The subjects, all of Han ethnicity, were children from many different parts of China who visited the Department of Ophthalmology at Tianjin Medical University for various ophthalmic diseases. CT scans were performed on each child. Children who had conditions that may disrupt the normal development of orbital structures, such as orbital lesions, craniofacial deformity or orbital fractures were excluded from the study. A total of 110 children were recruited, including 76 boys (69.1%) and 34 girls. The detailed breakdown of age and sex information is shown in

Demographic information of the subjects

Age | 1 | 2 | 3 | 4 | 5 | 6 | 7 | 8 | 9 | 10 | 11 | 12 | 13 | 14 | 15 | Total |
---|---|---|---|---|---|---|---|---|---|---|---|---|---|---|---|---|

Male | 3 | 4 | 2 | 7 | 4 | 3 | 3 | 5 | 4 | 11 | 4 | 5 | 5 | 9 | 7 | 76 |

Female | 3 | 1 | 1 | 2 | 1 | 2 | 2 | 1 | 1 | 2 | 2 | 4 | 3 | 6 | 2 | 33 |

Subtotal | 6 | 5 | 3 | 9 | 5 | 5 | 5 | 6 | 5 | 13 | 6 | 9 | 8 | 15 | 9 | 109 |

The CT scans were performed on a double spiral CT (Prospeed, General Electronics, Chicago, USA). The voltage was set at 120 kV and the current was set at 150 mA. Each slice was 2 mm thick with a pitch distance of 1.5 mm to form a matrix of 512×512 pixels with a 200 mm field of view. Scanning was done in a horizontal orientation with the line connecting the external wall of the orbit and the external auditory canal was the baseline.

CT images illustrating the method to estimate the orbital volume (A), interlateral orbital rim distance and the extent of exophthalmos (B).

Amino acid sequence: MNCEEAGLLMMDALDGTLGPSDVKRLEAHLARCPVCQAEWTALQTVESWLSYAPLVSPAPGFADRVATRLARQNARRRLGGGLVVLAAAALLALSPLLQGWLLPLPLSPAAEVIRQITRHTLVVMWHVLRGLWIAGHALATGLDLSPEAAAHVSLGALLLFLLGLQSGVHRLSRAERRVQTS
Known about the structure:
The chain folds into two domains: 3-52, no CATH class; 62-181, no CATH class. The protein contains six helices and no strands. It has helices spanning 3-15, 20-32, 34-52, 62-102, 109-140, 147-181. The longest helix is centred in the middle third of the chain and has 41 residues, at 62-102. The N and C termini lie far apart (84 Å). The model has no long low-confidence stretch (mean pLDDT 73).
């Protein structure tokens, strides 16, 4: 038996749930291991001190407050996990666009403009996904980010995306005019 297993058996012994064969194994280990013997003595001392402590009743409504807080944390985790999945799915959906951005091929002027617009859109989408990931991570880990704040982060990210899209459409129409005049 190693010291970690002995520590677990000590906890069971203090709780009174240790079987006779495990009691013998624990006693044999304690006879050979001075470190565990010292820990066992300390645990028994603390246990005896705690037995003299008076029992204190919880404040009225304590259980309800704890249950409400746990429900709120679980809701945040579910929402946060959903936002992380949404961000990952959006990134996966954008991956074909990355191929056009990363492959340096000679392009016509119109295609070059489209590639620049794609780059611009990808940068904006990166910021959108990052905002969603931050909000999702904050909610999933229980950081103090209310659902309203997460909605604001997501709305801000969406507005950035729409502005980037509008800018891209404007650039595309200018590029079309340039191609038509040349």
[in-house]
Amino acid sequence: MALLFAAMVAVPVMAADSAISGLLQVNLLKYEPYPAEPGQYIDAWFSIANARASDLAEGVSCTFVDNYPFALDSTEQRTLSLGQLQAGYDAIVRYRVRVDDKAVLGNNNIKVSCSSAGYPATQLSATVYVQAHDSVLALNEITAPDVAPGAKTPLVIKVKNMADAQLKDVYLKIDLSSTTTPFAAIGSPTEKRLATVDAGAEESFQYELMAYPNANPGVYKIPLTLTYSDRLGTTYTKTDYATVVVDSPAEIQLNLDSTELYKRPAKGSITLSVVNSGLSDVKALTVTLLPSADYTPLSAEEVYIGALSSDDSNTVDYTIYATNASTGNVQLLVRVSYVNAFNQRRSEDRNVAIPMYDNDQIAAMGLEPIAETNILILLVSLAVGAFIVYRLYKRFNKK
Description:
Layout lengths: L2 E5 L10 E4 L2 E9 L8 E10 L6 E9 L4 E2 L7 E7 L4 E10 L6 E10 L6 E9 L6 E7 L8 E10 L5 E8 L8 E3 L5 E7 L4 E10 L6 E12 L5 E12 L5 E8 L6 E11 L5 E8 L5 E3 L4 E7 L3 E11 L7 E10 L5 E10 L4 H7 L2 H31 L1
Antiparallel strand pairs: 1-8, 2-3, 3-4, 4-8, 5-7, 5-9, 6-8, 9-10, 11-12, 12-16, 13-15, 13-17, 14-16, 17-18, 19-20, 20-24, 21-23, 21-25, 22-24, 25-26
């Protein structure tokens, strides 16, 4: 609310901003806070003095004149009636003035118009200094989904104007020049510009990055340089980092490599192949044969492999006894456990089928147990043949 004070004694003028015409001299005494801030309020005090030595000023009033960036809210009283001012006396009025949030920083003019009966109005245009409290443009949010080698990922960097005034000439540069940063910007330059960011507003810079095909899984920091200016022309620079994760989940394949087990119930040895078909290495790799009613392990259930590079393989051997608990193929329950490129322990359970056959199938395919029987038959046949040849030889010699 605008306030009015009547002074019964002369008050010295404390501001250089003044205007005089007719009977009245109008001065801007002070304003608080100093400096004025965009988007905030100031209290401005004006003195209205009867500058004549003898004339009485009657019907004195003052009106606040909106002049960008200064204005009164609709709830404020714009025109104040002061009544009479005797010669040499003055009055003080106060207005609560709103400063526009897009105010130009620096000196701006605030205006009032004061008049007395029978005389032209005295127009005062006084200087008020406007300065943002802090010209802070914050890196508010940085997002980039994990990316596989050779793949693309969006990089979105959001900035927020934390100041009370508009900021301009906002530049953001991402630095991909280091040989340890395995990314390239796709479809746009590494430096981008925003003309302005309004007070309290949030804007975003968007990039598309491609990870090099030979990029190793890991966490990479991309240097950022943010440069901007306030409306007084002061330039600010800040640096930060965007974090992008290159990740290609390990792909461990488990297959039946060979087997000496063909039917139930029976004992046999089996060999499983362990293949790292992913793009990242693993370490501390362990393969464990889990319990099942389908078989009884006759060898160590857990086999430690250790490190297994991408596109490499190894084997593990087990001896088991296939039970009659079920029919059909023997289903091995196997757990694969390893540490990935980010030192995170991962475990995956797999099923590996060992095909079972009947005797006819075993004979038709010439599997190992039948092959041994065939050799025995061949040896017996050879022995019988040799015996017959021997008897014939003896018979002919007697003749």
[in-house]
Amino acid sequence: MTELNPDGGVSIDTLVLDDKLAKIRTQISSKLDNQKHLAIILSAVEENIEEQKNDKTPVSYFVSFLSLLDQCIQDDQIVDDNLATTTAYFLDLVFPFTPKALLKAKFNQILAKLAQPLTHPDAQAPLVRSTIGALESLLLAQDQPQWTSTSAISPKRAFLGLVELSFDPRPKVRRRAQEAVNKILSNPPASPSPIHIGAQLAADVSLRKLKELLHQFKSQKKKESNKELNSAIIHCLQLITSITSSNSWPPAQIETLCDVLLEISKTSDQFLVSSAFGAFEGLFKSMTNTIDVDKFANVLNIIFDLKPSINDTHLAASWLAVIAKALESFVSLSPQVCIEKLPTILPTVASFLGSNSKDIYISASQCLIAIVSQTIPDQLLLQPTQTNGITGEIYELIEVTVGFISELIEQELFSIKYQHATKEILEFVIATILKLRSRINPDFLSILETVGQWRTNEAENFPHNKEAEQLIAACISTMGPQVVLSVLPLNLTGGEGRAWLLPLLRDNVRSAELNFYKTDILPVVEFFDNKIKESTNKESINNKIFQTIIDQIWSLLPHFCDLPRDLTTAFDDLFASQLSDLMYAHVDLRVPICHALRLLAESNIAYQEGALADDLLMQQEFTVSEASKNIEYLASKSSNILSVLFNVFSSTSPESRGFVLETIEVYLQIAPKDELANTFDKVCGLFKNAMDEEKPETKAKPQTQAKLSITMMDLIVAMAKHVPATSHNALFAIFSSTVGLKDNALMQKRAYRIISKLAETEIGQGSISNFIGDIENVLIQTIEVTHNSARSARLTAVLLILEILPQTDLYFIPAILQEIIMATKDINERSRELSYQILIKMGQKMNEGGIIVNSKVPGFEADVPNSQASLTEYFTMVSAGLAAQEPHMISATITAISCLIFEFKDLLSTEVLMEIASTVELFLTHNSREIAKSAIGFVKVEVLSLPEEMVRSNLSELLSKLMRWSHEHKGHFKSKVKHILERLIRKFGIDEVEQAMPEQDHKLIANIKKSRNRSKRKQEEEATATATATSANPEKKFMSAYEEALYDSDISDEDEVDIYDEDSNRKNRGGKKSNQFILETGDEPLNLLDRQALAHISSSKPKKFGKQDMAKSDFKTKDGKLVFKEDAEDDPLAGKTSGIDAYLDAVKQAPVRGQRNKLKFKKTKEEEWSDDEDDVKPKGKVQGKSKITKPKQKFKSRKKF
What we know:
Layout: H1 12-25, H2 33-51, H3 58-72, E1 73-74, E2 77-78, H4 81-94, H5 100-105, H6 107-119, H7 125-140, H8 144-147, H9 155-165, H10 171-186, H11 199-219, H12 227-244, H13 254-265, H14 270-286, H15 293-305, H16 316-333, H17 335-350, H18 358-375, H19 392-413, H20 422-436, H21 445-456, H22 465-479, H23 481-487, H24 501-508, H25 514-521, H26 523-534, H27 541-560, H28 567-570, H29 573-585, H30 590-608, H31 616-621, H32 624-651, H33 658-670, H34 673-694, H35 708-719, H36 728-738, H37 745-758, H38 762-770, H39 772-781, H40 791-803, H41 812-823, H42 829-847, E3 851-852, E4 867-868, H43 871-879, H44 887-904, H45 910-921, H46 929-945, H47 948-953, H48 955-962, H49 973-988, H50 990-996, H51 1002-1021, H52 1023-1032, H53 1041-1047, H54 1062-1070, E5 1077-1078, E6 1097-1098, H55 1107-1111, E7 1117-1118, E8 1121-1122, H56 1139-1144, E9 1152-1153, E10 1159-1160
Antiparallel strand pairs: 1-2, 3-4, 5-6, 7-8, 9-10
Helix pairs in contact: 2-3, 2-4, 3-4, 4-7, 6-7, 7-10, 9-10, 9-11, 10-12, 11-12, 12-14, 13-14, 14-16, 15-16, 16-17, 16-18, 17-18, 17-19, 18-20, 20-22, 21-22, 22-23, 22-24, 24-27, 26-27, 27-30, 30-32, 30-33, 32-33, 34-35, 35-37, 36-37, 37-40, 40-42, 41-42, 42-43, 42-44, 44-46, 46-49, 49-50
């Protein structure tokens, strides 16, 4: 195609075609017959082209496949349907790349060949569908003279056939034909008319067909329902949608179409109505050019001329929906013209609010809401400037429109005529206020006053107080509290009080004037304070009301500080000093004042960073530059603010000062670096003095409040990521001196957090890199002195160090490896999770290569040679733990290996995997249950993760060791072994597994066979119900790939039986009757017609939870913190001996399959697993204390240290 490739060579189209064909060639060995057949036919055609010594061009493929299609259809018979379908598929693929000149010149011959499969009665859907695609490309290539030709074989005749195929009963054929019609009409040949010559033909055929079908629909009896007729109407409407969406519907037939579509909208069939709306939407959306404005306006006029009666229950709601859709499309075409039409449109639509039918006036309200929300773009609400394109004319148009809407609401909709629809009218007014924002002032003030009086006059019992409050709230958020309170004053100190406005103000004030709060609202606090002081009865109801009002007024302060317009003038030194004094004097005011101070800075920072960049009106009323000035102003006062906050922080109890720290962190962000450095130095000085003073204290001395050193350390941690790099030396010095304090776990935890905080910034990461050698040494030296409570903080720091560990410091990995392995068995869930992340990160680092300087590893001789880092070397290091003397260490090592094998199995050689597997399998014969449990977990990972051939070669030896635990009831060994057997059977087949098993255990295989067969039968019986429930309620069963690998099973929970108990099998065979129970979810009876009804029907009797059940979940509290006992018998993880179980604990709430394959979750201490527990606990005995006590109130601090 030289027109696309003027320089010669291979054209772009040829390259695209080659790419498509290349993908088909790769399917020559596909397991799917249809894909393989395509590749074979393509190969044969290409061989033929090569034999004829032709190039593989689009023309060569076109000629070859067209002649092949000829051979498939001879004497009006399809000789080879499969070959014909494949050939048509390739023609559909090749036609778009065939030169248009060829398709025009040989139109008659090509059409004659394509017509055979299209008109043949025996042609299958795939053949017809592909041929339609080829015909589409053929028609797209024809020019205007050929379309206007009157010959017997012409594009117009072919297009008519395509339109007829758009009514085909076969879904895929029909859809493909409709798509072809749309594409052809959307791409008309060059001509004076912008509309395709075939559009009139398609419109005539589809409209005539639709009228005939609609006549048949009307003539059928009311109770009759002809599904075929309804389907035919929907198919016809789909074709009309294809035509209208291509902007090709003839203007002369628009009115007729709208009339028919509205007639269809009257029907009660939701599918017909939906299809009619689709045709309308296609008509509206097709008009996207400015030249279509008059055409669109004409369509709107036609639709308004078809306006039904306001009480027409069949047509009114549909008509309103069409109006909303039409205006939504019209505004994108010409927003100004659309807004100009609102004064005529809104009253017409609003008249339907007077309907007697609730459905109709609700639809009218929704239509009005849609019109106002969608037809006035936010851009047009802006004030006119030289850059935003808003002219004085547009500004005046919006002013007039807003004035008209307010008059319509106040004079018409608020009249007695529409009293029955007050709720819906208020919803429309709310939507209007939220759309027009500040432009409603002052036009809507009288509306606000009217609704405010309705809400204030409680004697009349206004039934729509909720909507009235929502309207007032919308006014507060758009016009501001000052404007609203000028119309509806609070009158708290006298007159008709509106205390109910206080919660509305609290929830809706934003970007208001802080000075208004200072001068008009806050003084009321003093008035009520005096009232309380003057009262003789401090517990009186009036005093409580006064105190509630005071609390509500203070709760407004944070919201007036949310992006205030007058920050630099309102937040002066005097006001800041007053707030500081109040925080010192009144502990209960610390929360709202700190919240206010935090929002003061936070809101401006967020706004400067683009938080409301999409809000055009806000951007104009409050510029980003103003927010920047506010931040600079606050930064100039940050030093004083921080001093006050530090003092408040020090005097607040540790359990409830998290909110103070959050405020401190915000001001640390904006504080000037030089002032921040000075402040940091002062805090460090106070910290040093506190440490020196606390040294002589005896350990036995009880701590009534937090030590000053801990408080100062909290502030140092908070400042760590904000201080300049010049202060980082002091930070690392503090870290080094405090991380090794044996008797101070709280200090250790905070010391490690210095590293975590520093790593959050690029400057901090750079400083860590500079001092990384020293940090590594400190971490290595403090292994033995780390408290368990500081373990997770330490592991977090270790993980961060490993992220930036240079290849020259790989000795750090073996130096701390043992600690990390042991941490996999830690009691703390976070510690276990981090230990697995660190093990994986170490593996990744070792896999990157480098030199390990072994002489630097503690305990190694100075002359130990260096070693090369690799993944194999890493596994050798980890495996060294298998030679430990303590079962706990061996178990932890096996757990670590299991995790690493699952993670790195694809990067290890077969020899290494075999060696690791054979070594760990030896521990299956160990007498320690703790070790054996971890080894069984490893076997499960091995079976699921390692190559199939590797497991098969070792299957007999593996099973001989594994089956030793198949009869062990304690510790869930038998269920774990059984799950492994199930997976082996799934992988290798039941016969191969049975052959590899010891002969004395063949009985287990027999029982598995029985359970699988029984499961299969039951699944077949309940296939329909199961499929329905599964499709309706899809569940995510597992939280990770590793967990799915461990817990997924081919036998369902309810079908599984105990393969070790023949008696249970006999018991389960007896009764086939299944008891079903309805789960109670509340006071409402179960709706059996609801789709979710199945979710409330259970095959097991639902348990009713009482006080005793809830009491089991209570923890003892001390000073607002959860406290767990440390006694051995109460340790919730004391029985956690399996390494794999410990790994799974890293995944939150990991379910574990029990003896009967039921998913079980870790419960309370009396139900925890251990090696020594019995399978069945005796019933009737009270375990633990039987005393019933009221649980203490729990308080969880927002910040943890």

The working window was set to 250×50 HU (width×height) to have high resolution. The level was set to the one having the largest diameter for both eyeballs, the centres of the crystal lens and the optic nerves showing the entire intraocular pathway, with the lateral orbital rim shown as the lowest points. All of the measurements were done on this level of scan. The

In this study, SPSS V.12.0 statistical software was used to perform related statistical analysis. Least-square polynomial fitting and piecewise linear fitting was used to identify the different phases in development. An analysis of variance (ANOVA) test was applied to compare the values from different phases of development and post hoc comparisons were conducted with a Bonferroni correction. A t-test was used to compare the values obtained from boys and girls of the same age. A paired t-test was used to compare the values measured from the left and right orbits. A p value less than 0.05 was considered statistically significant.